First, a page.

" AirXXX you are the only traffic reported tonight,you are cleared to descent,approach and land, on your descretion,call me short final..."(I know this may sound funny to most of you but I have recieved this clearence many times in airports in Sahara Desert at night time)

How about...

" AirXXX you have zero traffic at this time,you are cleared to descent to circuit altitude and call me when you have visual..." I've had this a few times...

For night time...

" AirXXX you are the only traffic reported tonight,you are cleared to descent to circuit altitude call 5 minutes out so I can turn on the lights."

Yes it happens too...

Mandala499
 
mandala499
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RE: Author In Need Of Conversational Help

Mon Mar 21, 2005 11:49 am

This one's a double post...  Sad

[Edited 2005-03-21 03:50:30]
 
Woodreau
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RE: Author In Need Of Conversational Help

Mon Mar 21, 2005 10:57 pm

Some references you may want to refer to are the pubs and charts for the area your novel is covering, the link is:

https://164.214.2.62/products/digitalaero/index.cfm#plan

On that page you'd need:
AP2 - Europe, Africa, Middle East
GP - General Planning
FIH - Flight Information Handbook

Just below that you'll see links for Enroute charts, click on Africa, and on that page there are 4 charts available for download, you need AFR 3.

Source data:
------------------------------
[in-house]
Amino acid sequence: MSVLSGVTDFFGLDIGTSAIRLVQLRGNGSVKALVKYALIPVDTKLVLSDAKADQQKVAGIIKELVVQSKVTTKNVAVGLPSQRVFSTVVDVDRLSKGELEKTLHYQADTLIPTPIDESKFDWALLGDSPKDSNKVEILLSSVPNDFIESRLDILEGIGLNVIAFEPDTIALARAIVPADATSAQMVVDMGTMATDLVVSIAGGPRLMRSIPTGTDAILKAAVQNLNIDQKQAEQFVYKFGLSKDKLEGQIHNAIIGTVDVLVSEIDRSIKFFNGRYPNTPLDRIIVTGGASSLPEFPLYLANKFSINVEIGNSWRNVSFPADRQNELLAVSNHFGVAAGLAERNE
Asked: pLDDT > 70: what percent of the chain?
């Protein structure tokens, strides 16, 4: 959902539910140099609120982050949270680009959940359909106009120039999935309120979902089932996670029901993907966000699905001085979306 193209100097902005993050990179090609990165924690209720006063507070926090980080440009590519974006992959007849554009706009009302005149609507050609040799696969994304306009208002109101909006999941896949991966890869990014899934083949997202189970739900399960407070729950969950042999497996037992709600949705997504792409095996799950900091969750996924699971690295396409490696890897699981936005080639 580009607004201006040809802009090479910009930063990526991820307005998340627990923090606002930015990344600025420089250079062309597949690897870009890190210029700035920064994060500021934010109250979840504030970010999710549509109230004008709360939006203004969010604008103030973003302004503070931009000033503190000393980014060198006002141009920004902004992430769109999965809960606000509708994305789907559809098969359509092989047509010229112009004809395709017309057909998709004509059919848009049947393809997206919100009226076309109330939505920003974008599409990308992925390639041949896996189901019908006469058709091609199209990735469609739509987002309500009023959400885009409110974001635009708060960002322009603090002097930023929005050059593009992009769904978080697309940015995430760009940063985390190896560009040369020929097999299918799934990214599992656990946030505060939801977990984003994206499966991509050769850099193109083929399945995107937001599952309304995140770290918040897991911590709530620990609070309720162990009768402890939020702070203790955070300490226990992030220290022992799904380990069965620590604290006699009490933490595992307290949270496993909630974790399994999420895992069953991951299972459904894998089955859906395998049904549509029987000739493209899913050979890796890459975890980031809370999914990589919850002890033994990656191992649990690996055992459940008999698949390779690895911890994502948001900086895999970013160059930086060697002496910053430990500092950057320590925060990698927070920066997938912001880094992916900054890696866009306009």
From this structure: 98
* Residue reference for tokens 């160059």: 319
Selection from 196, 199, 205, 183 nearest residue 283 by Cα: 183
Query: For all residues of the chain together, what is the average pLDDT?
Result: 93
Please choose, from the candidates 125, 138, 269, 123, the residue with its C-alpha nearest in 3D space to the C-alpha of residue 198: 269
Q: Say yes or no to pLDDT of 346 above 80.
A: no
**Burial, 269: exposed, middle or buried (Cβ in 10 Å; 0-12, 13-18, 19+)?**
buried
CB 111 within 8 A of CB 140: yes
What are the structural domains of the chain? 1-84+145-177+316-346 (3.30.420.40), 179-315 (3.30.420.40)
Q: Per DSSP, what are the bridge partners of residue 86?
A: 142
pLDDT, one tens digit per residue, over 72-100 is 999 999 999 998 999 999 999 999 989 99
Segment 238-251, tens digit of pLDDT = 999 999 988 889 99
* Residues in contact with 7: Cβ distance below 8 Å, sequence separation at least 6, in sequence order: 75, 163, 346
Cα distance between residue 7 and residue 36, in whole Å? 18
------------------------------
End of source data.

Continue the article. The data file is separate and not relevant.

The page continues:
The GP document gives general standard ICAO regulations and procedures for operating under VFR and IFR and defines the classes of airspace in Chapter 6 - ICAO Procedures.

Deviations from the standard ICAO procedures are then referenced from the AP2 document. So Chapter 2 will give the differences between ICAO procedures and African regional procedures in the Regional Procedures section, and then more specific differences between the ICAO, regional and the country procedures under Democratic Republic of the Congo country listing. There you'd find that altimeter settings are given in hectoPascals, e.g. 1013 hPa vice 29.92 inches, winds are given in magnetic, they use feet instead of meters for altitude, and nautical miles for distances (so even though the country may use kilometers for ground distances, the ATC guys would use miles and understand what that means, so the G500 shouldn't have to do the mental math and covert 1200 miles to 1900 kilometers - and same for the Cessna, but the Cessna probably would be forgiven for using the 20kms southeast), etc.